|Nieces of Aunt Kate, Jenna, Alex and Marki in New York|
In November Jim wrote that he was coming home. They had removed all the debris and found, when they reached the river bed, that it had already been worked by someone. Those huge rocks and been deposited in that place in the river by a flood, a cloudburst probably higher in the mountains. So that was that.
One afternoon I saw someone approaching the house with a little bundle on a stick over his shoulder. I didn't recognize him. As far as dress was concerned he bore no resemblance to the spic and span Jimmie Ham who left West Point in June. But it was Jim arriving just in time to summon the doctor. For two or three days I had been feeling sick, and at the time of his coming, I was suffering such pain that medical help was imperative. At twelve o'clock that night a premature boy baby, who lived but a few minutes, was born, our fifth and last child.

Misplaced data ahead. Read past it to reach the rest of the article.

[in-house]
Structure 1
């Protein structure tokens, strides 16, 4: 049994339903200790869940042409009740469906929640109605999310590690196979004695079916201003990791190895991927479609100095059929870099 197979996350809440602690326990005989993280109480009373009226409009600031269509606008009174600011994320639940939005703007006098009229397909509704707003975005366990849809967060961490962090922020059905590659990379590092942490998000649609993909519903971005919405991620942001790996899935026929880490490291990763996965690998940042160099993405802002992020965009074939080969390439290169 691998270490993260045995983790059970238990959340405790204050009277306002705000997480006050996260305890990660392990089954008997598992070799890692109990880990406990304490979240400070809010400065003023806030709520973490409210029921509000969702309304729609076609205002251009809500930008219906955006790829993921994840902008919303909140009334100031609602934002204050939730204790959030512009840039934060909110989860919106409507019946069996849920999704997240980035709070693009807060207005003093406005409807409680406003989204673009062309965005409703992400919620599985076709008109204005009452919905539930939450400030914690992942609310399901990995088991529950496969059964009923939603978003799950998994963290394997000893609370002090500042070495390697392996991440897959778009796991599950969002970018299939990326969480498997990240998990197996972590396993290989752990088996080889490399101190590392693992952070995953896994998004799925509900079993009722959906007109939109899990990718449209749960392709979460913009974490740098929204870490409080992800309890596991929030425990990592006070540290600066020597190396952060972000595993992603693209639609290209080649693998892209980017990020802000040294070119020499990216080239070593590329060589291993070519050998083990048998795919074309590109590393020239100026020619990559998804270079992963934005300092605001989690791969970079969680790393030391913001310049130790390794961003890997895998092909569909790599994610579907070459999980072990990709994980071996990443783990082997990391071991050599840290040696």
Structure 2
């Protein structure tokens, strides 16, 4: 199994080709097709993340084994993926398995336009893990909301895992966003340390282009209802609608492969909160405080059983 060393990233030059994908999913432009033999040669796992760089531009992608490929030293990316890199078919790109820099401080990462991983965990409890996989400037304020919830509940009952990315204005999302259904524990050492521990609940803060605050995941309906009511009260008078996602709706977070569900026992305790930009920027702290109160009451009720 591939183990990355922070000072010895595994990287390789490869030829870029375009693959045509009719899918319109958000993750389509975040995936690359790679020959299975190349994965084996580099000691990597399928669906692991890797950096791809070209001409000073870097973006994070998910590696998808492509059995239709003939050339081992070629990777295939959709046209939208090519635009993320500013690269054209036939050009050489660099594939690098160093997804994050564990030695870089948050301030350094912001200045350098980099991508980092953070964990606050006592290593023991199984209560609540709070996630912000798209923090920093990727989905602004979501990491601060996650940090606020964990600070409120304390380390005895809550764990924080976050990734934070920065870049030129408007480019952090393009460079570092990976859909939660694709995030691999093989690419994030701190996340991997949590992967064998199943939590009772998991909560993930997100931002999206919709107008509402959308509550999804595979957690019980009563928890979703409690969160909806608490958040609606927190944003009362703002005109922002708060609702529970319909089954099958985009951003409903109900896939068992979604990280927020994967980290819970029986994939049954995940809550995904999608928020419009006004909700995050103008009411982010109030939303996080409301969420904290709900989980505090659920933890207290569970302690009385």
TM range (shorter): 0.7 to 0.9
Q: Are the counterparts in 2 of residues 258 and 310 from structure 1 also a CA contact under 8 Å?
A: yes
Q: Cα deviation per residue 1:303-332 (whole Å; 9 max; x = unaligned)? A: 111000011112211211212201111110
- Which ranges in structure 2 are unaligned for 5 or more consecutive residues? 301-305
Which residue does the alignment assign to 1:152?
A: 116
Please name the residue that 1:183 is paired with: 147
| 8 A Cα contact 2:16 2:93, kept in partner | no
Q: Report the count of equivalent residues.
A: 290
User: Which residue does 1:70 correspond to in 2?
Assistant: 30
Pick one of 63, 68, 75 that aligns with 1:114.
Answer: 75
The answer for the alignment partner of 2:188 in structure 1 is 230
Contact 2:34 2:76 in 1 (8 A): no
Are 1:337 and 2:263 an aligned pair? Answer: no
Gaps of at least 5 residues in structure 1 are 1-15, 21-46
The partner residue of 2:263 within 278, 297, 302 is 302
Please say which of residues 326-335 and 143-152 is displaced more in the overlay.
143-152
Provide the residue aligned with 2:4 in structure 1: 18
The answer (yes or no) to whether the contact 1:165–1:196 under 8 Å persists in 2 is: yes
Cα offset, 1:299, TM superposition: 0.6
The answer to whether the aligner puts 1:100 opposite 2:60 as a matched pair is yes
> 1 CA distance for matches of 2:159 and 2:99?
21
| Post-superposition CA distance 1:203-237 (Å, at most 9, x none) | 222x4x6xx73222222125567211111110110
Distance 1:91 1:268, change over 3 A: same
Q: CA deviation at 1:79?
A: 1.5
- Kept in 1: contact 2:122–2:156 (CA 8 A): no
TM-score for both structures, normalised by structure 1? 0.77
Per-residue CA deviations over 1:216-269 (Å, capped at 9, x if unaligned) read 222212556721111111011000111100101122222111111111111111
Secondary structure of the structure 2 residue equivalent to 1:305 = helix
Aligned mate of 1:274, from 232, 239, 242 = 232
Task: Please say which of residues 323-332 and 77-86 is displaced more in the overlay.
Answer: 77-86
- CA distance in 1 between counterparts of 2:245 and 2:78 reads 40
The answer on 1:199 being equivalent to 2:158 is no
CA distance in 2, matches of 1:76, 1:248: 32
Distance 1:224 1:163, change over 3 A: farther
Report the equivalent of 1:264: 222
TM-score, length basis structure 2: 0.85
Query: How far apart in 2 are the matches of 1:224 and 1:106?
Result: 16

Now that Jim was at home with empty pockets and I was able to be up and around, what to do next was the problem uppermost in our minds. It was a period of hard times, the depression of 1893 in its second year. There was no work to be had and Jim's thoughts turned to mining for himself as a solution. There were a number of prospects in this mining district on which the required assessment work had not been done, and according to mining law, they were open on the first of January, for any person to relocate. At one minute past twelve o'clock on January 1st, 1895, Jim put a notice of location on the Crown Point Mine. This mine had been discovered and worked in the early days by a company of men from New York, and it had paid very well. They abandoned it for better prospects closer to a mill. Since then it had been "jumped" a number of times by different parties and was open to relocation when Jim took it.
(to be continued)